In vitro fertilization (IVF) is when those who can’t conceive naturally can do so when another person’s eggs (fertilized with sperm) are either implanted or frozen in a woman’s uterus. While this process may be a solution for some couples, it can be a financial and or emotional burden to others. Infertility is already an issue to said couples that worry about emotional and financial caveats of this process, which is understandable. If this sounds like you or someone you know, you’re not alone.

In this article, we’ll look at the signs of couples struggling with infertility and IVF, and then conclude with practical solutions that involve self-care and wellbeing as you and your loved one overcome this obstacle in life

First, we’ll explore the signs:

Unable To Talk

“Talking about infertility and IVF can take a toll on someone, resulting in them refraining from talking about it,” says Lily Graebner, a writer at Paper Fellows. “However, social support can do wonders for those suffering from infertility and IVF. By talking about your feelings, you’re able to lessen the burden of having IVF. And, you and your spouse will be more open to each other rather than have emotions get in the way of your relationship.”

Varying Times Of Grief

While some people will get over the tragic memories right away, other won’t let go easily. In fact, there are emotional stages that people go through in grief, especially when it comes to infertility and IVF.

Overwhelmed By IVF

Stress can take its toll on someone – the same is true for infertility and IVF. Simply grasping at the fact that you’re unable to conceive naturally can eat away at your self-esteem. This flood of hurt feelings, broken dreams, and sadness can sour a good day and drain you of energy.

Stress During Decision Making

IVF can even cause stress, because it’s a long and grueling process. To make matters worse, the average cost of the treatment in the U.S. is $12,000. Diving head-first into treatment can trap you between a paywall and a mental hard place. With many decisions to make during the process, you and your loved one will feel overwhelmed by the data, how they want to do the process can be pressuring.

Changes In Intimacy And Sex

Infertility is never a fun thing. In fact, this can discourage couples from trying to conceive, because they don’t want to leave with more disappointment when they see that they can’t conceive. Even sexual intercourse can be hopeless when you see that nothing will come from it. This affects how intimate you are with your partner.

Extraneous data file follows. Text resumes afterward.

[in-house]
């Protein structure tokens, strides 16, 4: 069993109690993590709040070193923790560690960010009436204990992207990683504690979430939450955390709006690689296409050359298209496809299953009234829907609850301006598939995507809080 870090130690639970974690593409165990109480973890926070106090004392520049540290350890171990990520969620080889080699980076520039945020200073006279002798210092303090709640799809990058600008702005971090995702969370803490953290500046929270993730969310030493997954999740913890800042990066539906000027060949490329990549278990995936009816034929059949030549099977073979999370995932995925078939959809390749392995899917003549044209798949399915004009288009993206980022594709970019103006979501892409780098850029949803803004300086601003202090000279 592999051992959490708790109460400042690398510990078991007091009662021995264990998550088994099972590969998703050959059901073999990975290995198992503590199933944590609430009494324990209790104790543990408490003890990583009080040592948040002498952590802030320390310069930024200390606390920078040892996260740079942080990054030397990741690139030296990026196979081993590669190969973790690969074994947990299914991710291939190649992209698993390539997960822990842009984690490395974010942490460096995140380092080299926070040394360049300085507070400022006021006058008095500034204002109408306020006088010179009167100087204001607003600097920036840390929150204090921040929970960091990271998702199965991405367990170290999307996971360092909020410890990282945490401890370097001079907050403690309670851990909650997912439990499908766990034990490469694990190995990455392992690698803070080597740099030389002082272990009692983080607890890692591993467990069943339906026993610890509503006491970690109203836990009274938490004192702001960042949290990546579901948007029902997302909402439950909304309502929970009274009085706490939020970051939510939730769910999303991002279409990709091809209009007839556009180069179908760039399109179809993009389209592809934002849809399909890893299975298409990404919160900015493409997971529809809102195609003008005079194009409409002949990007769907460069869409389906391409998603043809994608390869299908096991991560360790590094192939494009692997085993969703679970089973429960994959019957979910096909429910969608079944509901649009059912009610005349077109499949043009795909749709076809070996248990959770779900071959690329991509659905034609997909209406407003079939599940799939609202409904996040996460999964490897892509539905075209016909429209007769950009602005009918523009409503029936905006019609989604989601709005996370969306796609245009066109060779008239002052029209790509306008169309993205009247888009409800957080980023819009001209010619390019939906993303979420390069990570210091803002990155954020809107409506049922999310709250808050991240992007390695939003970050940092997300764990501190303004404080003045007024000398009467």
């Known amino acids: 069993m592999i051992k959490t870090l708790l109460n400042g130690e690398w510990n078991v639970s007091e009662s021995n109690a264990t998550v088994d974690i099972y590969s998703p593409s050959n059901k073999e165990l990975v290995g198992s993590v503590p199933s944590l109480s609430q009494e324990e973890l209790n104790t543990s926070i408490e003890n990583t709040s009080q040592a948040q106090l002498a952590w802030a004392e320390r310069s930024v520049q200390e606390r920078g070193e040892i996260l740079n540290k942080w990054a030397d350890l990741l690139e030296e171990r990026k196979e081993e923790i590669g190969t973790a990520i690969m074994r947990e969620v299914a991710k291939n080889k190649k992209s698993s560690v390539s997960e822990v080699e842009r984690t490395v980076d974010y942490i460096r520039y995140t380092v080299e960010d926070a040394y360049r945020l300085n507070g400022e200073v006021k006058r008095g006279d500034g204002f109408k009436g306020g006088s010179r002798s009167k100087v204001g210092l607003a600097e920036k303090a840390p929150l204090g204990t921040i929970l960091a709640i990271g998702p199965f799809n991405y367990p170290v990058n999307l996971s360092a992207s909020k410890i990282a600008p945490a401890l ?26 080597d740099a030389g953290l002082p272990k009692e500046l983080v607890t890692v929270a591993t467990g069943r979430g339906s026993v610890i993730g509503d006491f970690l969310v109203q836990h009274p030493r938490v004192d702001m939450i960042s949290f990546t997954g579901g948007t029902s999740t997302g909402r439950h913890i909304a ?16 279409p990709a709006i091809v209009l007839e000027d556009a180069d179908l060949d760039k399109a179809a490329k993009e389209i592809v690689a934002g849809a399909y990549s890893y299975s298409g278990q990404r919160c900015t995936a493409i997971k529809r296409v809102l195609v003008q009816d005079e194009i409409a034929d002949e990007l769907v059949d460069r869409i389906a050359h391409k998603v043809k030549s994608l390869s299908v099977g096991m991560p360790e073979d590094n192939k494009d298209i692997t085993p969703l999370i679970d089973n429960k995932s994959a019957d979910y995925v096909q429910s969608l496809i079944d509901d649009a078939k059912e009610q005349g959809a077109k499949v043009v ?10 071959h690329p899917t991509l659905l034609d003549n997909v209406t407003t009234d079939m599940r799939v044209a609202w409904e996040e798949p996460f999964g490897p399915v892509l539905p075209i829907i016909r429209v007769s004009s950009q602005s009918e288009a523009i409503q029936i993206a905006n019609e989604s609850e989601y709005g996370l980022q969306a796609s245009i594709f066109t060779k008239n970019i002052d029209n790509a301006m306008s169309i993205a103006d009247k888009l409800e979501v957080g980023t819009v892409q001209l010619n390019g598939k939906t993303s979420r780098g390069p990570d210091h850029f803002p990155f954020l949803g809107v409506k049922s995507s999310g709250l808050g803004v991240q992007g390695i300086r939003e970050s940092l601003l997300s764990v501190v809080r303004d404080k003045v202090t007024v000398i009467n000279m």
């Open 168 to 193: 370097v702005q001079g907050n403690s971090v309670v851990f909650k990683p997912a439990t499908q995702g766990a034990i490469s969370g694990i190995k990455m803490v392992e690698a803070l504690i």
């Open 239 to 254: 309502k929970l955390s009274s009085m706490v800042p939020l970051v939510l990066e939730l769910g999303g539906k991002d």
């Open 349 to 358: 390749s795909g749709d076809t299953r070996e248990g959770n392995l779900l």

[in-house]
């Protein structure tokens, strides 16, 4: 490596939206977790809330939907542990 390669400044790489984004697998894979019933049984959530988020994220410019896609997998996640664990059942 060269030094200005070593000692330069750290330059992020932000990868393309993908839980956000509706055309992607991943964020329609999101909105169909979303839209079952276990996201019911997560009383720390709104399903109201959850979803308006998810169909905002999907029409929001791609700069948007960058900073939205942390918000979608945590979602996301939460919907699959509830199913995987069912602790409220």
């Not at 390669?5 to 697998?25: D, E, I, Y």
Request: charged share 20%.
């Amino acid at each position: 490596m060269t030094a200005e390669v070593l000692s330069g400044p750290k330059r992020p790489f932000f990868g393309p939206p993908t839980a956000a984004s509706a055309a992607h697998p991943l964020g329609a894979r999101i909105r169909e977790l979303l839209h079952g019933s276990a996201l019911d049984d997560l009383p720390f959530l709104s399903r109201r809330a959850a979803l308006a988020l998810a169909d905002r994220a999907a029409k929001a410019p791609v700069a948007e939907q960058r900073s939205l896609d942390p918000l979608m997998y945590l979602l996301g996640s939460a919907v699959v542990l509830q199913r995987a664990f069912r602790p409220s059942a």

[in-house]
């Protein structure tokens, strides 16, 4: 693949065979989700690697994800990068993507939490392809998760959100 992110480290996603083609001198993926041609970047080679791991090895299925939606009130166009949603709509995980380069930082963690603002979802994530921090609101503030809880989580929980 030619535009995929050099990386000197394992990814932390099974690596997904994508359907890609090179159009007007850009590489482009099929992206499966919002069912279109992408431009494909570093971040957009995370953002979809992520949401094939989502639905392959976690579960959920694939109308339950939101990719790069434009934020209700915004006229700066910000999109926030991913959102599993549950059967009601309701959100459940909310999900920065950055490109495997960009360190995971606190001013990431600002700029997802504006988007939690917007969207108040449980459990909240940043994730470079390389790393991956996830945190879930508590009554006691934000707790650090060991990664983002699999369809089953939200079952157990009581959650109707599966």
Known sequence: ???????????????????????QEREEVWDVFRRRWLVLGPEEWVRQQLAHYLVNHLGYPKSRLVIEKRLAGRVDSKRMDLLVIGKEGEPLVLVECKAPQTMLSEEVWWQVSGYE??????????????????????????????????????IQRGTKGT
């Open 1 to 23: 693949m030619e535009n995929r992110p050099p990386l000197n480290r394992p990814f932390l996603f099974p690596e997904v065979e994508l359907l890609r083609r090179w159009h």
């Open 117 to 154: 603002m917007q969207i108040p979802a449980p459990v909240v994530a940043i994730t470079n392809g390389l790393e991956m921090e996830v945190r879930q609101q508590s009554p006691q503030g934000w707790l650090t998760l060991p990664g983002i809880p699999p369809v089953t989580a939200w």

A Silver Lining

Despite the pressures that can come from infertility and IVF, some couples can actually grow from their experiences. By going through the struggle together, they’re able to share their experiences with others, and become a learning resource for others who might be going through the crises.

Fortunately, there’s a lot you can do to prevent IVF from overwhelming you and your loved ones:

  • Talk

It’s okay to start about your feelings. Don’t be afraid to ask for help. Look to family, friends, mentors, etc. for help.

  • Understand That Decision Making Can Be Difficult

Don’t pressure yourself when you go to make a decision, especially in your IVF treatment. While decision making may take a while, the wait is totally worth it!

  • Connect Outside Of IVF

Believe it or not, there’s more to life than IVF. That’s why it’s important to do things and hang out with people outside of IVF – outside of even talking about it. Create a space where you can draw, color, create, etc.

  • Seek Psychiatric Help

Finally, if you need additional help, then that’s okay too. Counselors and psychologists are there to help those who need mental enlightenment and solace in their lives. Remember: You’re not being weak for seeking help for your IVF stress.


Ultimately, IVF can be a godsend for some, but can also be detrimental to others. Therefore, step back and reflect on what has happened so far in your grieving process, along with your ongoing process in IVF. What can be done to ensure your happiness?

By taking the time to reflect on your IVF, you and your partner can make better decisions, keep emotions in check, and be a living example for those who might be suffering from IVF.

Emily Henry is a writer and editor at Boom Essays. She is also a blogger at Coursework Writing service. As a content writer, Emily writes articles about self-care, lifestyle trends, and parenting.